Guest Blogger: Phillip Margolin, author of "Sleight of Hand"
Phillip Margolin has written sixteen New York Times best sellers. His latest novel is, Sleight of Hand.
In 1994, an amazing idea for a novel occurred to me: Could a President of the United States be a serial killer? How would he do it surrounded by the Secret Service and with the constant scrutiny of the press? My problem was that I couldn’t think of the book’s ending and I never write a line until I know how my book will end.
Then, in 2005, I had one of those flashes of inspiration that seem to come from nowhere. Suddenly I knew my ending and Executive Privilege was published in 2008. Supreme Justice and Capitol Murder followed. All three books featured an ensemble cast but my favorite character was always Dana Cutler, the emotionally damaged, ultraviolent, Washington, D.C. private eye, who stars in my new book, Sleight of Hand.
Dana, an undercover cop in the D.C. police force, was tortured by a biker gang she had infiltrated. When Dana broke out of the basement where she had been held as a prisoner she took her revenge in the most horrible way. It took a year in a mental hospital for her to learn how to deal with her trauma. Dana could not go back to her old job so she became a private detective specializing in non-stressful cases. In “Executive Privilege,” Dana suspects that the President is murdering young girls and has to run for her life. She meets all threats with extreme violence. The books in the Washington Trilogy show how she learns to deal with the problems created by her captivity and the development of her relationship with Jake Teeny, her lover.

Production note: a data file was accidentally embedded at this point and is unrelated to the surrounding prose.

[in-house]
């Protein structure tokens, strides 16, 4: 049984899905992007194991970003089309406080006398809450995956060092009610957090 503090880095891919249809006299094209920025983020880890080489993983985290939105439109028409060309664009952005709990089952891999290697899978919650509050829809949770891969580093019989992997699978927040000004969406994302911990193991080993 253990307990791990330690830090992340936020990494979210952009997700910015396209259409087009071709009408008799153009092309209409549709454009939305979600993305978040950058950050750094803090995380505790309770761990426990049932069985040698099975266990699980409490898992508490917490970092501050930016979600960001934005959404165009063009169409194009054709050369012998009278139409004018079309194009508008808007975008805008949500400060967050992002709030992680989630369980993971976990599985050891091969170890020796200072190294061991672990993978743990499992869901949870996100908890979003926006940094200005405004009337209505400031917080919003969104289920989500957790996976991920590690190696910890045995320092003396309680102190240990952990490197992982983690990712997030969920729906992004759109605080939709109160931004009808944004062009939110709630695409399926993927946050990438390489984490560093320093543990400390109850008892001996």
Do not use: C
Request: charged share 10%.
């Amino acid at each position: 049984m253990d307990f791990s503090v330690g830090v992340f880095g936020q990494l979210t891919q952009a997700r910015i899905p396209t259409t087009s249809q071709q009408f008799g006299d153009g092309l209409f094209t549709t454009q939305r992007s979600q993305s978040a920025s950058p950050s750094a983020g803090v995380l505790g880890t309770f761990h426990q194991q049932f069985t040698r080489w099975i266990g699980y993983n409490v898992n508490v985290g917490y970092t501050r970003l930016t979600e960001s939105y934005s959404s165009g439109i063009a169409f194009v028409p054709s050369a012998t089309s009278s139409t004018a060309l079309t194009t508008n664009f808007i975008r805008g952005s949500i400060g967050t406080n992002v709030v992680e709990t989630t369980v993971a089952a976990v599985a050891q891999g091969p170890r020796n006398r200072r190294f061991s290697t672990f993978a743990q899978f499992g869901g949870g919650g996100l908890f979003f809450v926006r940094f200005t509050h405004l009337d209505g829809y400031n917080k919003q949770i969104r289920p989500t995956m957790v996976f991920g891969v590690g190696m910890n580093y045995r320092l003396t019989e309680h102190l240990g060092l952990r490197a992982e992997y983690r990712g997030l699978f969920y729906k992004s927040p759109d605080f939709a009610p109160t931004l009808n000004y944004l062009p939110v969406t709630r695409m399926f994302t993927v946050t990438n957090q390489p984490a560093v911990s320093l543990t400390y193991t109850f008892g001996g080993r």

“The Maltese Falcon” is my all-time favorite movie and one of the big twists in Sleight of Hand is inspired by it. Dana is hired by a mysterious Frenchwoman to find a gold, jewel encrusted scepter once owned by the Ottoman sultan who conquered Constantinople in 1453. Meanwhile, Charles Benedict, a brilliant criminal defense attorney, amateur magician and hitman for the Russian mob, murders a prominent prosecutor and uses magic not only to frame the prosecutor’s husband for the crime but to trick the husband into hiring Benedict to defend him on the murder charge. The two plots don’t appear to have anything to do with each other, but they do. The battle of wits between Benedict and Cutler is the highlight of the novel. Sleight of Hand gives Dana a chance to shine on her own and, I hope, gives the reader a fun, action packed ride.